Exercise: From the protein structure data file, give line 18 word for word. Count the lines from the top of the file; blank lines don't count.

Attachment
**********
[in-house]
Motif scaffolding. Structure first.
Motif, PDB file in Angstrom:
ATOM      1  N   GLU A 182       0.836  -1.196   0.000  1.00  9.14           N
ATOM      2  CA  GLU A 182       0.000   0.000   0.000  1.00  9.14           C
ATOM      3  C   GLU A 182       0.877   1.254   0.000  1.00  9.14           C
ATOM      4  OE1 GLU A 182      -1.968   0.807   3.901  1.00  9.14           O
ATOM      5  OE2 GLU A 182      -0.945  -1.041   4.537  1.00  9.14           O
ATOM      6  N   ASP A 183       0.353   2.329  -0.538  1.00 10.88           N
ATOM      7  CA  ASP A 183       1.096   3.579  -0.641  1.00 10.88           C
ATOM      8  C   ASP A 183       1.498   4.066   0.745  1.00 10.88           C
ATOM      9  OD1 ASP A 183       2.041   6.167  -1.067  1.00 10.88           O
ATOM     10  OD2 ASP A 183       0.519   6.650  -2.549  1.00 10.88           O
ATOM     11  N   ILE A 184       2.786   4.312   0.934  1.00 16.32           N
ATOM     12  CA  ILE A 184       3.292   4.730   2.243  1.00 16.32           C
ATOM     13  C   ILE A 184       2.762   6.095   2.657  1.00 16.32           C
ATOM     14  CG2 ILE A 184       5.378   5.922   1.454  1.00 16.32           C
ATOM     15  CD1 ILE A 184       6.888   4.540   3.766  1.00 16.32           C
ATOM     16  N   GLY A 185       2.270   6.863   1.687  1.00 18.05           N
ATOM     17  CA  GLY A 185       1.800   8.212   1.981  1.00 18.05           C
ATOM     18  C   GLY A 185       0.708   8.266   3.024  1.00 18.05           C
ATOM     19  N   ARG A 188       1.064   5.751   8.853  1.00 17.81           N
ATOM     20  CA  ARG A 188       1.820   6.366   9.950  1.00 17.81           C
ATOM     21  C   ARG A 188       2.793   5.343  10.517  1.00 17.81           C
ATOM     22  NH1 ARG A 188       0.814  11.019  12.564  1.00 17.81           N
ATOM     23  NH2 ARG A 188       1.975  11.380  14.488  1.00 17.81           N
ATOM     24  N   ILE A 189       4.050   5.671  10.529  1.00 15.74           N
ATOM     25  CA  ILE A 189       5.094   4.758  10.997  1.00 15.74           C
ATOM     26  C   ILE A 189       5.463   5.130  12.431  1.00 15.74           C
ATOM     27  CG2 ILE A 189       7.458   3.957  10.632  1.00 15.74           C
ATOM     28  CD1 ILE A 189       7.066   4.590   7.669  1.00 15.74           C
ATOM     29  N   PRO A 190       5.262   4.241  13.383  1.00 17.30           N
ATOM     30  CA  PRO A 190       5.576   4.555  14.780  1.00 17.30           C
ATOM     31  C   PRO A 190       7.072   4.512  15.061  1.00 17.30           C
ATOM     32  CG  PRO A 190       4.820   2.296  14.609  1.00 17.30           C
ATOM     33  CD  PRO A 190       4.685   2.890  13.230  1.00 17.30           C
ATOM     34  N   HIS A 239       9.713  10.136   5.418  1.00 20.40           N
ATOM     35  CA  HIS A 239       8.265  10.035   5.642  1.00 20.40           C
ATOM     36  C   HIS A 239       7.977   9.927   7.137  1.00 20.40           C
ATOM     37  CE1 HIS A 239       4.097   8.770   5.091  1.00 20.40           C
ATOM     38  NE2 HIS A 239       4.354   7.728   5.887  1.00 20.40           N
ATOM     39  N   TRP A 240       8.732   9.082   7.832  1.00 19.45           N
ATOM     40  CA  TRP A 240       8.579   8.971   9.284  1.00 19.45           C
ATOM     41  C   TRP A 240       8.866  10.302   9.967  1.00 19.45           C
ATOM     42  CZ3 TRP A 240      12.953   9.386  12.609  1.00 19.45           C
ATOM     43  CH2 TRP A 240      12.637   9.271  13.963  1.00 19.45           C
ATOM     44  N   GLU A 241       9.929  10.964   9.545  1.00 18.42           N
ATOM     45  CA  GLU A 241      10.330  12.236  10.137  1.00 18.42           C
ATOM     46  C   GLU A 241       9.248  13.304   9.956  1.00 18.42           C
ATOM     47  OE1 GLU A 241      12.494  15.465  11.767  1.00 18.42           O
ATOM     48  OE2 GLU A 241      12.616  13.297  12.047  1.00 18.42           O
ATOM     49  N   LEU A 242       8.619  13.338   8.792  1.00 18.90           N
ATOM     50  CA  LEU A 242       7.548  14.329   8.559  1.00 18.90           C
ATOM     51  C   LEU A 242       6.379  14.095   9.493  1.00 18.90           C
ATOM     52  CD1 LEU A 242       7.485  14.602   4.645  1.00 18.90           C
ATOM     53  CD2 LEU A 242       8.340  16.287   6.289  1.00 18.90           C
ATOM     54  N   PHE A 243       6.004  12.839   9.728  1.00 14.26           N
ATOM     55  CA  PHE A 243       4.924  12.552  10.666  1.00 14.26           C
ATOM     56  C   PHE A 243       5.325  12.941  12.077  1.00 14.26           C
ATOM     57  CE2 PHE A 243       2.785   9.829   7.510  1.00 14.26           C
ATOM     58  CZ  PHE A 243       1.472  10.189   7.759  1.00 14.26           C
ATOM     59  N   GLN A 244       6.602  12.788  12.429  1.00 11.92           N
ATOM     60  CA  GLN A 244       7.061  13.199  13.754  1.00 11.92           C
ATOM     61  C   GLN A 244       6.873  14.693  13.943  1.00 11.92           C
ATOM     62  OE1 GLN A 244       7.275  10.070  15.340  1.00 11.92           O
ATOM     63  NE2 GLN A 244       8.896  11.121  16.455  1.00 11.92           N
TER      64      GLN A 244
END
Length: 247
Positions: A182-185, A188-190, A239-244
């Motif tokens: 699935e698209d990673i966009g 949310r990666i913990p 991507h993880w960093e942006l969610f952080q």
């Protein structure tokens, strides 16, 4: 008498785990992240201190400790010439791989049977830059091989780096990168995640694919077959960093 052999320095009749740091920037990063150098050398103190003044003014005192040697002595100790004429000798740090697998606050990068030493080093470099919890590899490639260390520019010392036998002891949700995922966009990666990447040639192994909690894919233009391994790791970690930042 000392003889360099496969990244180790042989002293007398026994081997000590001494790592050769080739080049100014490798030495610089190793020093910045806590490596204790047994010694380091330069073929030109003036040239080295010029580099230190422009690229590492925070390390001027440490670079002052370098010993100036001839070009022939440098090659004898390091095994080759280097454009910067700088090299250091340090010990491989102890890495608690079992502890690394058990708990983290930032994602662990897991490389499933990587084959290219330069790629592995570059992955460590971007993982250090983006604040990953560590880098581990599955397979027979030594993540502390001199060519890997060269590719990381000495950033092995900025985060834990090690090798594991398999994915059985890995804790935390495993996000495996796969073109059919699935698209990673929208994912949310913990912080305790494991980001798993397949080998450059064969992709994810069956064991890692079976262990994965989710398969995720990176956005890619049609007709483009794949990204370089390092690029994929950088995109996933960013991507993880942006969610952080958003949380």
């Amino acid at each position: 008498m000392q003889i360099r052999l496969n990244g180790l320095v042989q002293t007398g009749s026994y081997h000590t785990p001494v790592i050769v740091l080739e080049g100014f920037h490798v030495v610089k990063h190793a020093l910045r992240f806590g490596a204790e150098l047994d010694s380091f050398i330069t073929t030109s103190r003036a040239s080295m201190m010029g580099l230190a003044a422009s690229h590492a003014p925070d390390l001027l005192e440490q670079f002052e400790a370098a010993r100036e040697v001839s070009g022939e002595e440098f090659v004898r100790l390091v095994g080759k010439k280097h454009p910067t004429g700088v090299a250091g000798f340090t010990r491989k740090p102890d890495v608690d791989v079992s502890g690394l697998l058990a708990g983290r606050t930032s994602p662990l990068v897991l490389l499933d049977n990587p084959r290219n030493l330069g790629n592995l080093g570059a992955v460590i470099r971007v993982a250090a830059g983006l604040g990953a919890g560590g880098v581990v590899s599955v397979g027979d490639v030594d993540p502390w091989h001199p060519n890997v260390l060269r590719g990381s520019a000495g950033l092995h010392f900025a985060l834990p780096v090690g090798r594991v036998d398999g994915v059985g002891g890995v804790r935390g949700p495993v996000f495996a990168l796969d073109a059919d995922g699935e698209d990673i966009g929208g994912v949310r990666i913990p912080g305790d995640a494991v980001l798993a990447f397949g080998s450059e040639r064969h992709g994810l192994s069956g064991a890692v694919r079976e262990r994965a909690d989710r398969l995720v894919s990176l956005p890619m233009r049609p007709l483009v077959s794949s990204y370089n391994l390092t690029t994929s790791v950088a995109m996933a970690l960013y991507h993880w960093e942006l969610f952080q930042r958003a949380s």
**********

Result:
ATOM     15  CD1 ILE A 184       6.888   4.540   3.766  1.00 16.32           C